Department of Internal Medicine, University of Pavia and Fondazione IRCCS San Matteo Hospital, Pavia, Italy.

Small bowel adenocarcinomas (SBAs) are often associated with poor prognosis and have limited therapeutic options. Programmed cell death protein-1 (PD-1)/programmed cell death ligand 1 (PD-L1) pathway blockade is an effective treatment in many microsatellite instability-high (MSI-H) solid tumors. We aimed at investigating PD-L1 and PD-1 expression in non-hereditary, non-ampullary SBAs, associated with celiac disease (CeD), Crohn's disease (CrD), or sporadic, recruited through the Small Bowel Cancer Italian Consortium. We assessed PD-L1 and PD-1 by immunohistochemistry in a series of 121 surgically resected SBAs, including 34 CeD-SBAs, 49 CrD-SBAs, and 38 sporadic SBAs. PD-L1 and PD-1 expression was correlated with several clinico-pathological features, such as the etiology, microsatellite instability status, and tumor-infiltrating lymphocyte (TIL) density. The prevalence of PD-L1 positivity according to combined positive score (CPS) was 26% in the whole cohort of SBAs, with significantly (p = 0.001) higher percentage (35%) in both CeD-SBAs and CrD-SBAs in comparison with sporadic SBAs (5%). CPS ≥ 1 SBAs were significantly (p = 0.013) more frequent in MSI-H cases (41%) than in non-MSI-H ones (18%); however, 15 CPS ≥ 1 microsatellite stable SBAs were also identified. CPS ≥ 1 SBAs showed higher TIL and PD-1 immune cell density, more frequently medullary histotype, as well as a better outcome in comparison with CPS < 1 cases. This study demonstrates an increased proportion of PD-L1 cases in both CeD-SBAs and CrD-SBAs in comparison with sporadic SBAs. In addition, the identification of a subset of PD-L1 microsatellite stable SBAs supports the need to ascertain additional biomarkers of response to immune checkpoint inhibitors along with MSI-H.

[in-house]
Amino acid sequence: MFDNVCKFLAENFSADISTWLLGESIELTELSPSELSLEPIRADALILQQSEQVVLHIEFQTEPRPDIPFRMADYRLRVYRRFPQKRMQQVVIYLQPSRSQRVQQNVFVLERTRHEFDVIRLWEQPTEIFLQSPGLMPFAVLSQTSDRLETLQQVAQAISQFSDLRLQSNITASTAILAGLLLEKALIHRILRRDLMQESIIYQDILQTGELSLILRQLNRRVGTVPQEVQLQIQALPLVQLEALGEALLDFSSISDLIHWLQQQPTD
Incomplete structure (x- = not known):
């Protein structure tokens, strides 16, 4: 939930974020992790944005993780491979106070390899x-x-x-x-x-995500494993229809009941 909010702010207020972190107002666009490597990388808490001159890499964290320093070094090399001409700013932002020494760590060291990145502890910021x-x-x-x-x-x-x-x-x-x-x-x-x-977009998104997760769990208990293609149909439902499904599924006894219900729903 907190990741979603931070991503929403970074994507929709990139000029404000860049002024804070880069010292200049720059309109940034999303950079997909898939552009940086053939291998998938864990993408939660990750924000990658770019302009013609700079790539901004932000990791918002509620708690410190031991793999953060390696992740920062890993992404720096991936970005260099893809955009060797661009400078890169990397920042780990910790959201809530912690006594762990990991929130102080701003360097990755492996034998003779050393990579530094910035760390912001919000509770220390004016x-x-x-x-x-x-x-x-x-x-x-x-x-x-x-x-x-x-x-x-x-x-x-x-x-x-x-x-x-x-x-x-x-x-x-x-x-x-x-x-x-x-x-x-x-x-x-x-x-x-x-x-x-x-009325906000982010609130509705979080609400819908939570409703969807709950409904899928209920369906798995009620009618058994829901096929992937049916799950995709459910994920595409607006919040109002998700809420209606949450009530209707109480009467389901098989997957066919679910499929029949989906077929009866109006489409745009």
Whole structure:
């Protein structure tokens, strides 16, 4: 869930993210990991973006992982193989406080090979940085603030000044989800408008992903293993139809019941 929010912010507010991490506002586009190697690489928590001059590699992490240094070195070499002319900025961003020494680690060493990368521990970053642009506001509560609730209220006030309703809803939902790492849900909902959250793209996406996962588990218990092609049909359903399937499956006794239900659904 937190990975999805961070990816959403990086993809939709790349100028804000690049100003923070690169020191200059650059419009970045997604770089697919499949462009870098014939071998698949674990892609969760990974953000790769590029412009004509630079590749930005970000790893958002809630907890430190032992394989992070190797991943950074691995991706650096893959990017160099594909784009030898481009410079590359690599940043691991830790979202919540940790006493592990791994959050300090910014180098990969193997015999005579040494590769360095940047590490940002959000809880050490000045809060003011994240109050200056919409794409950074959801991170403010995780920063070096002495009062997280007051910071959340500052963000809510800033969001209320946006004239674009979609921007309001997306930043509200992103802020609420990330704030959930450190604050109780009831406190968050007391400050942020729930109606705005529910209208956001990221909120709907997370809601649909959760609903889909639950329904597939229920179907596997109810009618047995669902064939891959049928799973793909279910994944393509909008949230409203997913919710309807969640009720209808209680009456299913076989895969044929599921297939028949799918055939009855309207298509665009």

View Article and Find Full Text PDF

Download full-text PDF

Source
http://dx.doi.org/10.1038/s41379-020-0497-0DOI Listing
July 2020

Serum zonulin and its diagnostic performance in non-coeliac gluten sensitivity.

Gut 2020 Nov 14;69(11):1966-1974. Epub 2020 Feb 14.

Department of Medical and Surgical Sciences, University of Bologna, Bologna, Emilia-Romagna, Italy